I’m back from Peru now, and getting settled in Denver before I start the new job this Friday. Right now I’m living in a mostly empty apartment with no furniture and no internet access. Surprisingly, it’s not that bad. I don’t really find it uncomfortable sitting and sleeping on the floor, with the exception of eating, when it would be nice to have my food closer to my mouth without holding a plate with one hand.

For internet access, there are enough free wireless networks nearby that I’m considering not getting home internet access at all. I called Qwest today and found that I will need to be at home a whole weekday to get service started, because they won’t schedule at a specific time. That, on top of leaving my old Qwest modem in Illinois, means I’ll be waiting at least until Jessica gets here before signing up for internet access. If I don’t find those two weeks too unbearable, I expect I’ll not sign up at all.

Just imagine: a professional web developer without internet access at home. Crazy, huh?


I don't know how anyone uses the internet in Spanish. The keyboards make it very difficult. The @ symbol, for example, requires three keystrokes to produce. My apostrophes here are all non-curly because I can't figure out how to type the pound symbol. Surely there's an easier way we haven't yet discovered.

Anyway, all is well in Peru (for me anyway, the Incas apparently got screwed royally). The city we're currently in is thick with tourists, which has it's benefits (e.g. it's relatively safe to go anywhere as a tourist) and it's drawbacks (e.g. it's pretty much impossible to go anywhere without someone offering to sell us postcards).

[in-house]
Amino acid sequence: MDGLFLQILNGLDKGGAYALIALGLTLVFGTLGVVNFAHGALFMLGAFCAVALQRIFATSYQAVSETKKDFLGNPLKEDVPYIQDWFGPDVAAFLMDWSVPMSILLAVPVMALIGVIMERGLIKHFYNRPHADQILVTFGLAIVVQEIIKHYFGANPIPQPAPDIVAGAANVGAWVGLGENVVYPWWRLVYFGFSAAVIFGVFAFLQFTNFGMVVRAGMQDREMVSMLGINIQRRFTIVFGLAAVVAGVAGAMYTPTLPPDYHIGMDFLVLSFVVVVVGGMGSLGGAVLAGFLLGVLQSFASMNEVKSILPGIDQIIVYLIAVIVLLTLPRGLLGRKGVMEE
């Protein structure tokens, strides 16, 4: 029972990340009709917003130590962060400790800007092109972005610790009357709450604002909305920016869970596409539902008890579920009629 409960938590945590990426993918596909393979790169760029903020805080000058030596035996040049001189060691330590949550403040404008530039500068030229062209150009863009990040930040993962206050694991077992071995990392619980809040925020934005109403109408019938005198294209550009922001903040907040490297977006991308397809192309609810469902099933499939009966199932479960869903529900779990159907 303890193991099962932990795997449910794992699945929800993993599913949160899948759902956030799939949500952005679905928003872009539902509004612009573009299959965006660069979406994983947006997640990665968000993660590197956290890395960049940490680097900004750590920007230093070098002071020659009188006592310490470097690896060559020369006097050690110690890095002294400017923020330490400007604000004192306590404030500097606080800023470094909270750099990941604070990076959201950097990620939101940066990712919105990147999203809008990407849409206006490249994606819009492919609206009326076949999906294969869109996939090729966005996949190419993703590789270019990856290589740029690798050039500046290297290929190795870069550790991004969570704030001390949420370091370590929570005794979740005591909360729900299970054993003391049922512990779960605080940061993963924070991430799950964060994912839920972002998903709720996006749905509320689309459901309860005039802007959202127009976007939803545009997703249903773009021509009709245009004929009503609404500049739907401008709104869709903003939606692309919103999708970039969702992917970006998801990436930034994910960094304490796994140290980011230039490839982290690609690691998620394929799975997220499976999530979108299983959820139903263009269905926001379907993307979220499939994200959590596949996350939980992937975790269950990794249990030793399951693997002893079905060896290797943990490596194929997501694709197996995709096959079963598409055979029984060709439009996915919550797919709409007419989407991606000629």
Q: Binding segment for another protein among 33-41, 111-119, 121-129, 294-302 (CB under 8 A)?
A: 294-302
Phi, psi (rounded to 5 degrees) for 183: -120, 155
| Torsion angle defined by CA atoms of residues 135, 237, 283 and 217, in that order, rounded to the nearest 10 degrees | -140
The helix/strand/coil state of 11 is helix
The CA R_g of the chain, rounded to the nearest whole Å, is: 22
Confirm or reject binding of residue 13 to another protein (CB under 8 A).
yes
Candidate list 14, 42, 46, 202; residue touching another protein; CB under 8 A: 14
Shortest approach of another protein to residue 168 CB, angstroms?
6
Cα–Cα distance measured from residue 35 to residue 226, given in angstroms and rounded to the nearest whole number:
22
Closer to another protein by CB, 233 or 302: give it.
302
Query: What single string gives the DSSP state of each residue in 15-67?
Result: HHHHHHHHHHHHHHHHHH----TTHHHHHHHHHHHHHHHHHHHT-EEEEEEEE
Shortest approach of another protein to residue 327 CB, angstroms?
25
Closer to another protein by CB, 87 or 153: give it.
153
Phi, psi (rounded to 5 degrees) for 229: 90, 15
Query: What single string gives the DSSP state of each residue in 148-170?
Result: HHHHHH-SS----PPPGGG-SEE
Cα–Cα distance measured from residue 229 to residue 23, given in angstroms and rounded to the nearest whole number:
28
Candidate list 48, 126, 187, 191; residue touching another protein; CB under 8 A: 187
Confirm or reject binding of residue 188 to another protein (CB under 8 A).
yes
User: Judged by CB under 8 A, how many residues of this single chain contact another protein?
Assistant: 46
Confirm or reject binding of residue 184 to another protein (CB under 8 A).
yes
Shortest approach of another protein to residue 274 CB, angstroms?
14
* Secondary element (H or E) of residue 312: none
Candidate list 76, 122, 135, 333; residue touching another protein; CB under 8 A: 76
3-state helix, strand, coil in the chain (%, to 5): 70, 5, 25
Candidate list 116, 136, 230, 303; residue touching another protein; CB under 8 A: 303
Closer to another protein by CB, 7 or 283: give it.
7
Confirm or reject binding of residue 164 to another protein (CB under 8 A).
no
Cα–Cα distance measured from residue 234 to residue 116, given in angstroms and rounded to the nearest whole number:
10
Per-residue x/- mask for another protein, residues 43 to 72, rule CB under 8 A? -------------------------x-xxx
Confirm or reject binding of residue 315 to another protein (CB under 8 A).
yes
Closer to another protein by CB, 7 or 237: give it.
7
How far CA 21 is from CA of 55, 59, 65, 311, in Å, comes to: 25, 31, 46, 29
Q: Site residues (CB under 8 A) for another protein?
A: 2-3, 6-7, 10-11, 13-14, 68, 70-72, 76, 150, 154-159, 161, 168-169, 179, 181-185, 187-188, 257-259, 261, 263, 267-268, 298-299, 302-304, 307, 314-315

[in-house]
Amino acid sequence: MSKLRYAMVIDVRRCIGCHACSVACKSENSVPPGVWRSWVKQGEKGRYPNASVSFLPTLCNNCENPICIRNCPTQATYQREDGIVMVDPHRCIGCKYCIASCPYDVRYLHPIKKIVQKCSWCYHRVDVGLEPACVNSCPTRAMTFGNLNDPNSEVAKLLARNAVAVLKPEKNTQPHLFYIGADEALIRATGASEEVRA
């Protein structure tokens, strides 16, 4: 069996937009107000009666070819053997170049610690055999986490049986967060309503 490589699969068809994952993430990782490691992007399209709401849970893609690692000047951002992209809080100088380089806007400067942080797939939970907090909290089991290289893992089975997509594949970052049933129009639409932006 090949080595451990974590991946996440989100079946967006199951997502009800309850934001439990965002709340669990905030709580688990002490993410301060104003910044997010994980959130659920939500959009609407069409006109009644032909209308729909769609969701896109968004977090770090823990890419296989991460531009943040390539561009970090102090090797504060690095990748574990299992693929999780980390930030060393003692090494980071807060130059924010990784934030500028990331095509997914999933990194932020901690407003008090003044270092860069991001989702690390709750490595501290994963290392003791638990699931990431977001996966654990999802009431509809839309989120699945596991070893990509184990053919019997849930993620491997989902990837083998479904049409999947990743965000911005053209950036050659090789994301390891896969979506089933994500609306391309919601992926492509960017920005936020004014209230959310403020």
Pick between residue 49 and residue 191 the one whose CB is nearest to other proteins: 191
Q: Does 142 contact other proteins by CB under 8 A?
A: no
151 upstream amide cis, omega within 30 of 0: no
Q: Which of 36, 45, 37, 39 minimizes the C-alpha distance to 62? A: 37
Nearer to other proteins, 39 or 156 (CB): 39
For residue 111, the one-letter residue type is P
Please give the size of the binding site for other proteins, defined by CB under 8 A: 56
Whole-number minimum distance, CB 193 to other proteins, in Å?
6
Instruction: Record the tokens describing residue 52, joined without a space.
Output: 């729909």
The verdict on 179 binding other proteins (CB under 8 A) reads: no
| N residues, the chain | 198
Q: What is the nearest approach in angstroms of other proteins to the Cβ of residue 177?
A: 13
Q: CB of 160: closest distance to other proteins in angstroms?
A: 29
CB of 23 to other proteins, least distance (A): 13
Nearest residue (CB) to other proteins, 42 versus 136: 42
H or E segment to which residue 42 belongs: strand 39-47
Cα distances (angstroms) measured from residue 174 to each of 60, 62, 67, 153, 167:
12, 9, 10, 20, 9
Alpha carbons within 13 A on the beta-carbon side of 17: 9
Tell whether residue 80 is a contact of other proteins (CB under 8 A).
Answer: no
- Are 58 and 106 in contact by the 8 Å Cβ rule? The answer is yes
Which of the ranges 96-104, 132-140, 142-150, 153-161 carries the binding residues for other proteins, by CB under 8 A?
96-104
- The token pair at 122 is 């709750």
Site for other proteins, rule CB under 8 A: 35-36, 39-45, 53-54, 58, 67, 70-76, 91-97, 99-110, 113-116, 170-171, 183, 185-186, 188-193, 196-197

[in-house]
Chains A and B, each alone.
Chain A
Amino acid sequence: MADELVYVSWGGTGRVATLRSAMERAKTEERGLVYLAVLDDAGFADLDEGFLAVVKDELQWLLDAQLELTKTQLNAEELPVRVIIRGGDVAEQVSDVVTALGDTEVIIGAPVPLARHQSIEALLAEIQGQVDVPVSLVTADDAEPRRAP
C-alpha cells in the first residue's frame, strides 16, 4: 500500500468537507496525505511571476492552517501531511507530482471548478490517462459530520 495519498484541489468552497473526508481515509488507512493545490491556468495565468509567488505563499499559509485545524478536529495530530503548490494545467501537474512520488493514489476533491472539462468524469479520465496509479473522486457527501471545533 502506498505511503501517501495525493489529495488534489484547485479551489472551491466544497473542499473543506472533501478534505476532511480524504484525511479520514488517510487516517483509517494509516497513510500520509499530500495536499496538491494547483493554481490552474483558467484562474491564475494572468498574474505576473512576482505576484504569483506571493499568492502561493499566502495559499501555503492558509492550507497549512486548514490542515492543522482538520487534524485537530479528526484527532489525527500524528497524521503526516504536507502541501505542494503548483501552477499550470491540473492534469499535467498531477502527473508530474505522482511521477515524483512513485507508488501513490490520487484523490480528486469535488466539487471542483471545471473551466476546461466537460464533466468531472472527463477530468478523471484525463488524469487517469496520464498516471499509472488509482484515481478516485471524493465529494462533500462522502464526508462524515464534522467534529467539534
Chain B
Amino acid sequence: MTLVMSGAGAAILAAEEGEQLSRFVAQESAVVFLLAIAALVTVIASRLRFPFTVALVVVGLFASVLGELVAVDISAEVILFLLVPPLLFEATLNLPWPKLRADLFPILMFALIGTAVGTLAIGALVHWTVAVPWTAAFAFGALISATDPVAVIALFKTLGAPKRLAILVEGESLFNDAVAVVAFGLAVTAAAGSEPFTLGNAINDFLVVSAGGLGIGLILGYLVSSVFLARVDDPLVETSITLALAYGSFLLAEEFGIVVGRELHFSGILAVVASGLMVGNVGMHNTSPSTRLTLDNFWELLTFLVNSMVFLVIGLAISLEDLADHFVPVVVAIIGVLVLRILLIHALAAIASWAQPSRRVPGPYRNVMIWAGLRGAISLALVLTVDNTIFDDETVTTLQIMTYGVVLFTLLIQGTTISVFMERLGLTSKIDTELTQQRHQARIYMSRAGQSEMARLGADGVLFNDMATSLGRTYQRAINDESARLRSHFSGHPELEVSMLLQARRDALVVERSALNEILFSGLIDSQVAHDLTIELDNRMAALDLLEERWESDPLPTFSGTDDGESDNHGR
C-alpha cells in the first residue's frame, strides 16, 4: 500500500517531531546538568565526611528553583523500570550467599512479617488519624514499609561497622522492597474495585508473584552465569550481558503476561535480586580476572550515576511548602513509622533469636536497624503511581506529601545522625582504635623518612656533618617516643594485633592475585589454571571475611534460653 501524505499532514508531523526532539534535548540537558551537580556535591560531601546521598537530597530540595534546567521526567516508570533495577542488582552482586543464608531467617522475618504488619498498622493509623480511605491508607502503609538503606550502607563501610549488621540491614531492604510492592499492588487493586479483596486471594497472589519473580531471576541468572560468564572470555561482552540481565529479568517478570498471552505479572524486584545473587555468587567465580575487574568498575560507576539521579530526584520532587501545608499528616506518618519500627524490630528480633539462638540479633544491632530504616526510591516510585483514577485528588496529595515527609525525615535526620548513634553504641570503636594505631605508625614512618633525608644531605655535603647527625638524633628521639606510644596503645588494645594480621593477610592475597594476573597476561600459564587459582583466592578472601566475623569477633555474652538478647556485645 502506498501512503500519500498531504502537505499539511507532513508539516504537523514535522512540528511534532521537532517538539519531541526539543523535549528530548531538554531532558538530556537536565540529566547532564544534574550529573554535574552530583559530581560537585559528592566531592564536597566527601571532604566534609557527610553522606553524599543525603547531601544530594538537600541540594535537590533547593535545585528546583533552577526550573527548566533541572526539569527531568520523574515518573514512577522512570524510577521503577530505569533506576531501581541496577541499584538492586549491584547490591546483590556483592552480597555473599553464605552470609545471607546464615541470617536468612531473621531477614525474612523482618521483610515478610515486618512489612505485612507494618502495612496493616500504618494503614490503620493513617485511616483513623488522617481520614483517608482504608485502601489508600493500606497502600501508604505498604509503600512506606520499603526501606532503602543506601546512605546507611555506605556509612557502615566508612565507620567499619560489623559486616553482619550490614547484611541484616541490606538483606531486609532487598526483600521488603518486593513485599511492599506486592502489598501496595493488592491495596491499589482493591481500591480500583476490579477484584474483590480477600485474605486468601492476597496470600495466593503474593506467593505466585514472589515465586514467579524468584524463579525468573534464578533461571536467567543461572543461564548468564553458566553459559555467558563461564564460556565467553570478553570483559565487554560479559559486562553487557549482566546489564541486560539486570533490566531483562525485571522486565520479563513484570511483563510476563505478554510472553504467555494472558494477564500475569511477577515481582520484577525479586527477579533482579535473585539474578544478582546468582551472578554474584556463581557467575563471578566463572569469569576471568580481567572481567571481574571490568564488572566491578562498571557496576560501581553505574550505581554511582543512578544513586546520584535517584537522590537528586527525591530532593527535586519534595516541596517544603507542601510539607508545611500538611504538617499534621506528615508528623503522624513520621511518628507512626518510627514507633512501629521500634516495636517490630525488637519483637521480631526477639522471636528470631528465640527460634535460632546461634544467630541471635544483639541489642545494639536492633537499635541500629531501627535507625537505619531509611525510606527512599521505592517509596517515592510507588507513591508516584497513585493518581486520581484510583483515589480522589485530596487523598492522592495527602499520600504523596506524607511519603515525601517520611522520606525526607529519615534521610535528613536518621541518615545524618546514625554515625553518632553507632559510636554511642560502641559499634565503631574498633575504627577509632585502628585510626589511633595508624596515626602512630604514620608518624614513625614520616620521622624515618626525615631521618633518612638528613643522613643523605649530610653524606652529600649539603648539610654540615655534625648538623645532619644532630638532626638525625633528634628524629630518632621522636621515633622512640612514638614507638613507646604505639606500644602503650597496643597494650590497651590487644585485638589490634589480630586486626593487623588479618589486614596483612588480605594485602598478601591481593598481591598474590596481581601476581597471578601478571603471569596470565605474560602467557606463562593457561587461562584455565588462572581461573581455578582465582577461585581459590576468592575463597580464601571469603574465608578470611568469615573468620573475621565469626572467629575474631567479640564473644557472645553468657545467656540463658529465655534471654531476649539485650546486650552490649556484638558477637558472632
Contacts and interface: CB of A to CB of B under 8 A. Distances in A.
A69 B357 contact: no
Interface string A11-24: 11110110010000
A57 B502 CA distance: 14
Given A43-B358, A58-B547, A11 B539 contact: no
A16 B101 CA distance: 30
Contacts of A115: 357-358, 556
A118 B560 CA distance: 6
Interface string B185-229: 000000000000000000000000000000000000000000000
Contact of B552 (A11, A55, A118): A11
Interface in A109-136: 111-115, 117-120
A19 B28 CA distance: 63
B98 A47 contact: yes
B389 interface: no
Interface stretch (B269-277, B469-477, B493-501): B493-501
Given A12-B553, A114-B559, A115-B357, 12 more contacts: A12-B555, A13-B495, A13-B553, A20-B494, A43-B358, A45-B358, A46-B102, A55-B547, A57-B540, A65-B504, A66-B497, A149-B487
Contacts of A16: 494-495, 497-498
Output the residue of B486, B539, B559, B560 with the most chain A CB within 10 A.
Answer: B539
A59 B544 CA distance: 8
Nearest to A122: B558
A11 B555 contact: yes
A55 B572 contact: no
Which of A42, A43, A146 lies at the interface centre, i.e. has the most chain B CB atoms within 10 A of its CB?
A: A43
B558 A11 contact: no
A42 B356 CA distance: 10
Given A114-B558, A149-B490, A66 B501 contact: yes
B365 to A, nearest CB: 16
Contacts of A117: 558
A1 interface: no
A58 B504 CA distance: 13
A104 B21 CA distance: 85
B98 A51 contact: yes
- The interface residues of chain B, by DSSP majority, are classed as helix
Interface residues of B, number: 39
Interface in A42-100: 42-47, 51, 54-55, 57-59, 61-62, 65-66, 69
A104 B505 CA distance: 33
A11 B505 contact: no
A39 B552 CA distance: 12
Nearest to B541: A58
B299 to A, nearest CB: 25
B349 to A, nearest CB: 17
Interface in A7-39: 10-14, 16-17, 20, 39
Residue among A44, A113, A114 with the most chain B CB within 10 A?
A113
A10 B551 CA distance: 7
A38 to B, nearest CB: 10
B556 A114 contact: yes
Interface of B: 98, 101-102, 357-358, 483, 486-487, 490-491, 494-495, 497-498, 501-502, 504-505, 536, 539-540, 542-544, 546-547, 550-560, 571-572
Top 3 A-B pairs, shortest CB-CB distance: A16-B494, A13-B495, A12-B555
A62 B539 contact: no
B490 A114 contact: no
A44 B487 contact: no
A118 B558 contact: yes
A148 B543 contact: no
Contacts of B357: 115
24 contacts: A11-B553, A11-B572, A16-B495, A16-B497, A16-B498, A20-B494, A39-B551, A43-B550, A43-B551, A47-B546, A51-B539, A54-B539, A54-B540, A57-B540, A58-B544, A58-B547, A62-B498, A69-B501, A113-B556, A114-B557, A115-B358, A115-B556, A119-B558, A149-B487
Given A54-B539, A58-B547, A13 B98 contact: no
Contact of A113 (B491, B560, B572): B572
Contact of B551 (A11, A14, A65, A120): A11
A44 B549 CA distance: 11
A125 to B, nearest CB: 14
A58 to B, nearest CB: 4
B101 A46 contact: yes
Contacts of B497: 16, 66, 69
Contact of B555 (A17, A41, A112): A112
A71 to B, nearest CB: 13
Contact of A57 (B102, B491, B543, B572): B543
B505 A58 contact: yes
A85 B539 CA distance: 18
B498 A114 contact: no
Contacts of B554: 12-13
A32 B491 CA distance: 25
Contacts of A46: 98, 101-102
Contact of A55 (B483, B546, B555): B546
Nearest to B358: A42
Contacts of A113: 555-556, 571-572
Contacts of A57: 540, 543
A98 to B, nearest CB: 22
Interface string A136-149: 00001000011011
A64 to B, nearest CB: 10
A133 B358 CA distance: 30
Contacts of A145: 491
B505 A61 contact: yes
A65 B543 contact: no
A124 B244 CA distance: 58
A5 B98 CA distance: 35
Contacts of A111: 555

Everything is pretty cheap, and we don't have much of a schedule prior to heading to Machu Picchu, so we're doing a lot of sitting around in various restaurants, eating new things, and watching new people. I'm making good headway on my book, catching up on sleep, using the internet sparingly, and generally relaxing. Vacation is going well.


Monday will be my last day at work in Des Moines, which is weird. I knew it was coming a long time ago, but it still snuck up on me. I worked from home for a few months, so it won’t be so odd to no longer be in the office. What will be more strange is returning my laptop and my phone. I won’t get a new laptop nor a new phone until I start my new job in June. Meanwhile I’ll be incommunicado, as they say in Peru (or maybe they don’t — I don’t really know). No phone calls, no emails, no instant messages, no feeds, no weblog posts, no comments. For most of that time, I won’t even have a mailing address. Try not to break anything while I’m out, okay?

I expect this will be a good reminder that the world can go on fine without me. It will be the longest I’ve gone without internet access for at least five years, and the longest I’ve gone without my own phone number since receiving my first phone call. It should also be interesting to see how well I can get along without any connection the world I know. Goodbye cruel world! See you in June.


This picture is a picture of my whole life, in 8 1/2 x 11.

Ezra Kilty, Gizmos and Love

I completely forgot about quotes of the day.